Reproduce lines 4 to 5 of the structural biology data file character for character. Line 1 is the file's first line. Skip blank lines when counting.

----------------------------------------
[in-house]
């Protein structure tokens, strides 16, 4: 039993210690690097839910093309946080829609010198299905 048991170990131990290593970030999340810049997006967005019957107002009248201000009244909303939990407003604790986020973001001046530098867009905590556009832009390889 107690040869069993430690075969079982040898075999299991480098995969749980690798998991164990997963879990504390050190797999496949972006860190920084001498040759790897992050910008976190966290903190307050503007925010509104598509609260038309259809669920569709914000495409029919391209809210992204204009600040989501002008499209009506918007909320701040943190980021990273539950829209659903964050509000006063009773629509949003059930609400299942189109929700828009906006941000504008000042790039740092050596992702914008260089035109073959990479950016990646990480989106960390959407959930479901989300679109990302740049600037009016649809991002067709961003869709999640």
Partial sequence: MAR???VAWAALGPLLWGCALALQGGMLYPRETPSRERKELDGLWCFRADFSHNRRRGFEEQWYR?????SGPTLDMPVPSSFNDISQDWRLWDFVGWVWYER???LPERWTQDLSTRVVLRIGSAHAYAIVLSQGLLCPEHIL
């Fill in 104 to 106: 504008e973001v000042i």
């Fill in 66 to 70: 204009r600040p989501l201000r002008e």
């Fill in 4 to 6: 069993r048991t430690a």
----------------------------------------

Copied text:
């Fill in 104 to 106: 504008e973001v000042i």
């Fill in 66 to 70: 204009r600040p989501l201000r002008e």